Articles Tagged with wage and hour lawyer L.A.

California Supreme Court has ruled that employers must pay hourly employees for tasks that are performed off the clock, no matterwage theft how menial. The case at hand involved Starbucks Corp. and a shift supervisor who claimed the company was taking advantage of outdated laws that allowed for some responsibilities to be completed after workers have clocked out, according to a report from Wall Street Journal.

Plaintiff filed a lawsuit in 2012 describing the tasks he was responsible for completing after he had already clocked out for the night, including not only activating an alarm system and locking the door, which would be typical tasks expected after clocking out, but also transmitting sales records to corporate. He said over time, these extra minutes after each shift add up. After a dismissal and an appeal of the case in the lower courts, the state Supreme Court agreed employers should be responsible for compensating employees for work done during this time. Employers have long been hiding behind standards that give leeway where leeway is no longer needed to pocket incalculable savings over time. Continue reading

Minimum wages recently went up in a number of cities across California, including Los Angeles as part of a minimum wageplanned implementation of gradual increases. In 2015, city council established a new citywide minimum wage and put L.A. on a schedule to reach $15 per hour by 2020. This would be applicable for businesses with 26 or more employees, with smaller companies given an extra year to reach $15. The minimum wage is set to go up on July 1 each year, with this year hitting $13.25, or $12 for businesses with 25 or fewer employees. In 2022, the minimum will continue to adjust based on cost of living as determined by Consumer Price Index.

Many other cities also raised their hourly minimum wages at the beginning of July, according to UC Berkeley, who has built an inventory of minimum wage ordinances across the U.S. California changes as of July 1 include: Belmont, $12.50; Emeryville, $15.69 (56 or more employees), $15 (less than 56 employees); Malibu, $13.25 (26 or more employees), $12 (less than 26 employees); Milpitas, $13.50; Pasadena, $13.25 (26 or more employees), $12 (less than 26 employees); San Francisco, $15; San Leandro, $13; and Santa Monica, $13.25 (26 or more employees), $12 (less than 26 employees). Continue reading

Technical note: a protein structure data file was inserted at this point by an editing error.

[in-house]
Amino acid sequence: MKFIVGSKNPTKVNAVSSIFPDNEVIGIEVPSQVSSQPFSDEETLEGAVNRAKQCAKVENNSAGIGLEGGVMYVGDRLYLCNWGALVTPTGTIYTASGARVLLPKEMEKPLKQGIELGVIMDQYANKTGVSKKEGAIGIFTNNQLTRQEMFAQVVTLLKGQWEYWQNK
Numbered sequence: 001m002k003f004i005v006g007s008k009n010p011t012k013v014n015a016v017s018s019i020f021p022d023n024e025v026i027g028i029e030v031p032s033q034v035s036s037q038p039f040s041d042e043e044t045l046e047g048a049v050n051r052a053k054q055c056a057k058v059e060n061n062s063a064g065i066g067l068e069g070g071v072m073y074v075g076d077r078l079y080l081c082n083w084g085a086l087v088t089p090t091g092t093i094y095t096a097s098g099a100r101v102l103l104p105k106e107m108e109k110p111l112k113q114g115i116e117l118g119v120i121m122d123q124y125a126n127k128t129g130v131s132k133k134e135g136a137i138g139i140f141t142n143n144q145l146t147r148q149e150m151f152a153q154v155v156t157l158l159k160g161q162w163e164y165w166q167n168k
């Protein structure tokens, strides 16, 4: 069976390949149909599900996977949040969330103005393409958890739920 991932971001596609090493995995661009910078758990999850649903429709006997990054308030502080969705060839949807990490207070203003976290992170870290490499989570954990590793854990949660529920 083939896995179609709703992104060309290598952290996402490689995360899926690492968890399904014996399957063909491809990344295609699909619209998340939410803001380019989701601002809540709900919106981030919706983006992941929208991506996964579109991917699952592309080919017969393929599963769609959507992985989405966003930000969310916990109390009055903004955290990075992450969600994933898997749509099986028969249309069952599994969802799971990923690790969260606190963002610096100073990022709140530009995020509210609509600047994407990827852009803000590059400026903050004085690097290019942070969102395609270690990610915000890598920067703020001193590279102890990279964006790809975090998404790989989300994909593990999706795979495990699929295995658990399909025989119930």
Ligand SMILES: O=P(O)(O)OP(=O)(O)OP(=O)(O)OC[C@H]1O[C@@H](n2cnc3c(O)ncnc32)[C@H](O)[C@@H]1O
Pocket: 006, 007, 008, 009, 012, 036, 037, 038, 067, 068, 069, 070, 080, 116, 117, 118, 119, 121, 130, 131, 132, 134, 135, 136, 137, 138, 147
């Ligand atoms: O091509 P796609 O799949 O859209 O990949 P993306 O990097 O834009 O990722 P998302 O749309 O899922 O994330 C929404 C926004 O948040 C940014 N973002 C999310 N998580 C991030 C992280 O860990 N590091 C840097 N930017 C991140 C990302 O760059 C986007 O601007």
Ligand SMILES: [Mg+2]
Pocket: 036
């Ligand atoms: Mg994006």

Donald Trump will be officially sworn into office in just two days. On that very same day, Senate committees will either vote to approve his top cabinet nominees or vote to advance the appointment to the full Senate. Other nominees may be considered in the following days. One of those will be fast-food executive Andrew Puzder, who has been a vocal critic of increases in minimum wage and an opponent of rules that would make more workers eligible to receive overtime pay. Trump has nominated him to serve as Secretary of the Labor Department. executive

Puzder is the CEO of CKE restaurants, which is the parent company that oversees burger chains Carl’s Jr. and Hardee’s. He is a staunch supporter of lowering corporate taxes and taxes on the wealthy, as well as loosening regulations for businesses in the hopes of job creation. He also strongly opposes the Affordable Care Act.

Now for some, these all sound like good ideas. For others, the fear is they will collectively be disastrous for the average American worker. But no matter where you stand on the political aisle, it should be of some concern that Puzder, who will be in charge of enforcing the Department of Labor’s rules, was a violator of those rules not so very long ago.  Continue reading